Girl and the Goat

I love Top Chef.

There are very few TV shows that I watch with any regularity, mostly because I don’t have a TV and because I got out of the prime time habit while I was on tour but I always download Top Chef (and Grey’s Anatomy. Don’t judge.). So when I heard that season 4 winner, Stephanie Izard, opened Girl and the Goat in Chicago, I had to check it out.

This restaurant opened a year and a half ago and it’s still really difficult to get a table. This usually means the food is good. I tried to get reservations but it was booked for weeks and I only had one night off during my three week stay here. However, I knew that the restaurant kept some tables open for walk-ins so I figured I’d show up and take my chances. With only one night off, other people might pick an activity with a guaranteed success ratio but I chose to spend mine at a popular restaurant waiting as long as necessary for a table. No one who knows me is surprised by this.

I got very lucky with my dinner companion because Mark is an old friend of mine who I adore and rarely see plus he’s in the food business and he knew a server at Girl and the Goat. So he called Marnie and she recommended we come early and promised to make sure we got seated in her section so she could take care of us.

It was a dark and rainy wednesday night and while the restaurant was crowded and busy, it only took us an hour to get seated, an hour we happily spent drinking wine and catching up.


When Marnie showed up she asked some preliminary questions about food allergies, dislikes and our desired adventure level (none, none and high) and then offered to choose our food for us. Yes please! If there’s anything I love more than eating at a great restaurant, it’s eating the best things that restaurant has to offer and tasting as many things as possible. Marnie said she’d create a tasting menu for us, ask the chefs to make mini portions of some things so we could try more dishes and check in after several courses to see how many more we thought we could handle. Did we want wine? Of course. Did we want her to do some wine pairings? Yes! And maybe we could share some wine portions so we could try more wine options as well? Awesome.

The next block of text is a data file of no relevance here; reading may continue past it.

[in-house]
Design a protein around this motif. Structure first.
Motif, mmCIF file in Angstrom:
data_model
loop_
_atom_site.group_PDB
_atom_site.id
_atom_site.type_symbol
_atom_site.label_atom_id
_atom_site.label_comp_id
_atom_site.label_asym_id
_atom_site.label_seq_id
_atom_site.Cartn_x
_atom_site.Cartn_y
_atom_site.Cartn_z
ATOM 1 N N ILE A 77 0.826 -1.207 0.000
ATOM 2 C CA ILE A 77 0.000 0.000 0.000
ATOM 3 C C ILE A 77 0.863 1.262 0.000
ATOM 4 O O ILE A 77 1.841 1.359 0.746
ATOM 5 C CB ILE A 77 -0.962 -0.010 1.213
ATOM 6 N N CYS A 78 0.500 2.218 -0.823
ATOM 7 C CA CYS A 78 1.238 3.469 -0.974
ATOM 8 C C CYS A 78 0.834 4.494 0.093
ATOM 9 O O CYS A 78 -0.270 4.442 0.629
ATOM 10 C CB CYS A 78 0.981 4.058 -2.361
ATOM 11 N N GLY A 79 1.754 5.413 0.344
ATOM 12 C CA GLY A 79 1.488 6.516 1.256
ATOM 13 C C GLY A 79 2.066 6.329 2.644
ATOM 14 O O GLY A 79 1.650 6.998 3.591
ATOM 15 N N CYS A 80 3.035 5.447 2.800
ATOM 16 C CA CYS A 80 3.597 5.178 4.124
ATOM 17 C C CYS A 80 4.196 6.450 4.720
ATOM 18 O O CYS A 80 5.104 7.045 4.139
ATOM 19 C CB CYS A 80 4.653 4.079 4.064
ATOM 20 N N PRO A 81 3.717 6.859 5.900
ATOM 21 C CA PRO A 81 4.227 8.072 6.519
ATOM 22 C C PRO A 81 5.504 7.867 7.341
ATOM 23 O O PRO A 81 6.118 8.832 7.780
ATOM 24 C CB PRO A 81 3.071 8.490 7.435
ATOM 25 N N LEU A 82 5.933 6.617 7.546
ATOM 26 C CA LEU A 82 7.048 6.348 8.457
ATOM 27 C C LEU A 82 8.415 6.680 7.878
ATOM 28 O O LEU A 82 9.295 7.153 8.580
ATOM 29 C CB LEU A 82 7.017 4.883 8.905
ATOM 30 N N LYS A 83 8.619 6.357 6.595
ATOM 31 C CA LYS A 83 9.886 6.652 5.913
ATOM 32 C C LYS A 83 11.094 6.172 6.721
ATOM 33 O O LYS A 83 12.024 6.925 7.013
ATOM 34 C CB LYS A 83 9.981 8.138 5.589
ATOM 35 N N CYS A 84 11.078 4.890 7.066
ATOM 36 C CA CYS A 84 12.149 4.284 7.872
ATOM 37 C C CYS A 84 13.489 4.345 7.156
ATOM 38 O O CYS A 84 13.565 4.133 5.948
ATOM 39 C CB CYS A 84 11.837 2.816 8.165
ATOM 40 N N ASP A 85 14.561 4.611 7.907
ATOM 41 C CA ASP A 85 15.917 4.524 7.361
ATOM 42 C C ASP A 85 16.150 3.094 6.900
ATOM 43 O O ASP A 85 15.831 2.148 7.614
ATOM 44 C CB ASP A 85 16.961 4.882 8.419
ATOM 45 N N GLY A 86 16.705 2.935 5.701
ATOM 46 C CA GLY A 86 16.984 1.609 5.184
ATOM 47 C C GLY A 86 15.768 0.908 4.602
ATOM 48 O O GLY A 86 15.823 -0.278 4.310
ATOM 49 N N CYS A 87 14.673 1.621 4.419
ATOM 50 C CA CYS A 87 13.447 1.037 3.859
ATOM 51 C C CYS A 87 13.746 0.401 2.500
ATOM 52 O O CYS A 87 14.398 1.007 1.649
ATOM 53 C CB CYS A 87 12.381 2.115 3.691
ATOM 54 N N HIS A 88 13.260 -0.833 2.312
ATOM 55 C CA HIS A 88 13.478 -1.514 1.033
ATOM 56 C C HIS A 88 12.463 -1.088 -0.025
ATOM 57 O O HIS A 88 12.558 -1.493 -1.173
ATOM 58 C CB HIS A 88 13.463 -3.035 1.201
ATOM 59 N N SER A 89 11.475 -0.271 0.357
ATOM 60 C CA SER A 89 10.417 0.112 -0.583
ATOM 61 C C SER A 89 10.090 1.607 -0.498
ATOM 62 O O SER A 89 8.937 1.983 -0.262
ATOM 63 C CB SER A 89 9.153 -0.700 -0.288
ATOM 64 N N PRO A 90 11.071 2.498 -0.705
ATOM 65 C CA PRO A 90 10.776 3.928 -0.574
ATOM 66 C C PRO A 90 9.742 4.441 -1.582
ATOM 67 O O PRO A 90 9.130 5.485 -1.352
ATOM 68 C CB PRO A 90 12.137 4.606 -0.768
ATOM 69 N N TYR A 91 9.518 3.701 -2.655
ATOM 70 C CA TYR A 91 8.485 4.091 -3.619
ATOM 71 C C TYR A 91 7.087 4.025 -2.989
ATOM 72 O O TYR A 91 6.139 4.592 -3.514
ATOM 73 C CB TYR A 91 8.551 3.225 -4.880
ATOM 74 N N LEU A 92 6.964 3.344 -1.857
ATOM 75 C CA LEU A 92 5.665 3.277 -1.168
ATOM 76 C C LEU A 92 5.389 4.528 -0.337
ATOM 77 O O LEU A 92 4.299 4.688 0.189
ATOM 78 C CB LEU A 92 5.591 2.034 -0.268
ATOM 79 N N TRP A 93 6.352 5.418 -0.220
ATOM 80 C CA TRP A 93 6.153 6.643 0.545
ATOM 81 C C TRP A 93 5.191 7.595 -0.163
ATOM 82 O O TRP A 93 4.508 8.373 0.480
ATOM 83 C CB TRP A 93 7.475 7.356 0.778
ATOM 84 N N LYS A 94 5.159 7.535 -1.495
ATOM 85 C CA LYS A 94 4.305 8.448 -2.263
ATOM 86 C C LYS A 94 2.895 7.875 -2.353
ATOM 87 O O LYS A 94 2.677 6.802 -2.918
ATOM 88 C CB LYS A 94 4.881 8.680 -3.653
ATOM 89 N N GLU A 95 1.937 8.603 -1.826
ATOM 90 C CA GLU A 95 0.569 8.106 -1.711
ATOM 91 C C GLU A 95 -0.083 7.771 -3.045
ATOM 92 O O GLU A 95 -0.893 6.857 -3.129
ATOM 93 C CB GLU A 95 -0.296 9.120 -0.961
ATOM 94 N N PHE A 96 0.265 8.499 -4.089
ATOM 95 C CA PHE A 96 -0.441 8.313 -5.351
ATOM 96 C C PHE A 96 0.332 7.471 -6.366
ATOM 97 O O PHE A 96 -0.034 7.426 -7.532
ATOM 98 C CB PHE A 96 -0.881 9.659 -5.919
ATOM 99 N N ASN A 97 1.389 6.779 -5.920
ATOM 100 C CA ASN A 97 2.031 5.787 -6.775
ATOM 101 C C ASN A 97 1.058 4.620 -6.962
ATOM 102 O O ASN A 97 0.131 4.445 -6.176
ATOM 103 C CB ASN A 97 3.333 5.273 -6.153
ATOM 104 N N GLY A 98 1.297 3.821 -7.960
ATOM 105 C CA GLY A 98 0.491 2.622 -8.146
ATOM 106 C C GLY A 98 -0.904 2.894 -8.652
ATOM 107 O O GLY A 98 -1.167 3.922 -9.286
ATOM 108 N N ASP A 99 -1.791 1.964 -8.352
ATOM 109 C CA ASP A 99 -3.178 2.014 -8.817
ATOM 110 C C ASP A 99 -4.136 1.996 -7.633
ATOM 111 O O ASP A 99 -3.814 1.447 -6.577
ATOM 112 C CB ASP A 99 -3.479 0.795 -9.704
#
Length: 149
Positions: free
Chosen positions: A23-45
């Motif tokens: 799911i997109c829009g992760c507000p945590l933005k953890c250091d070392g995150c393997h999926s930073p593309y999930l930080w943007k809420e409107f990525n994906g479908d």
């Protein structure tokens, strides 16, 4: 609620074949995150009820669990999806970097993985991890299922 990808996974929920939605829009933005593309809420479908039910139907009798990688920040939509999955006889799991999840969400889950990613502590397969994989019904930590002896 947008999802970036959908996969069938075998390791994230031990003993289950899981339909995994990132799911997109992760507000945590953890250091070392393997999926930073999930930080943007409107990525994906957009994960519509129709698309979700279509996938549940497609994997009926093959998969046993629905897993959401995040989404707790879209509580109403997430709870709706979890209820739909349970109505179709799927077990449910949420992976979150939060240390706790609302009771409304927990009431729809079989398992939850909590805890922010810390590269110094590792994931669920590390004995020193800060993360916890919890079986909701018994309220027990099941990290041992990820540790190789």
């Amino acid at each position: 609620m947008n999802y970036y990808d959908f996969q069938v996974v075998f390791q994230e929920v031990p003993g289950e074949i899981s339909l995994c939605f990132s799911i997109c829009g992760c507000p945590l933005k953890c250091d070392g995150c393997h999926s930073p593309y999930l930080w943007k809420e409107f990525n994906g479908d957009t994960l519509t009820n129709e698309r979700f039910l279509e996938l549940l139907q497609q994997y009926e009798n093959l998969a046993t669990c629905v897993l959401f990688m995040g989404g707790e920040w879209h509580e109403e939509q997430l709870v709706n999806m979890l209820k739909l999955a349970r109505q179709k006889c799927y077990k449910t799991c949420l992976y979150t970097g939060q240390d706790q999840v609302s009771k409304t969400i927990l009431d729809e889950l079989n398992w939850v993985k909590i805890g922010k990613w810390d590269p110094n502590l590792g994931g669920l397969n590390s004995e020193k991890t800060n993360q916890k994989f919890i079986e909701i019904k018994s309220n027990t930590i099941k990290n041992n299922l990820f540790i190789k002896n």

We handed over our menus (a copy of which I had to get later because I didn’t even look at it) and each said “I LOVE eating like this!” about 3 times apiece with escalating levels of excitement.

First course was my favorite, though I would have ordered it for the name alone: Fried Naked Cowboys

Girl and the Goat

Crispy fried oysters atop egg salad and capers. Smooth, creamy, crunchy, crispy mouthfuls of deliciousness. I’d go back just for these.

Second course: hiramasa crudo

Girl and the Goat

Yellowtail amberjack sashimi, crispy pork belly, chili aioli and caper berries. The crunchy croutons and bitter sprouts were a perfect sensory accompaniment.

Third course: Sauteed green beans and grilled seppia

Girl and the Goat

Topped with a fish sauce vinaigrette and cashews. Creamy, crunchy, salty. The green beans were perfectly cooked and we ate them with our fingers.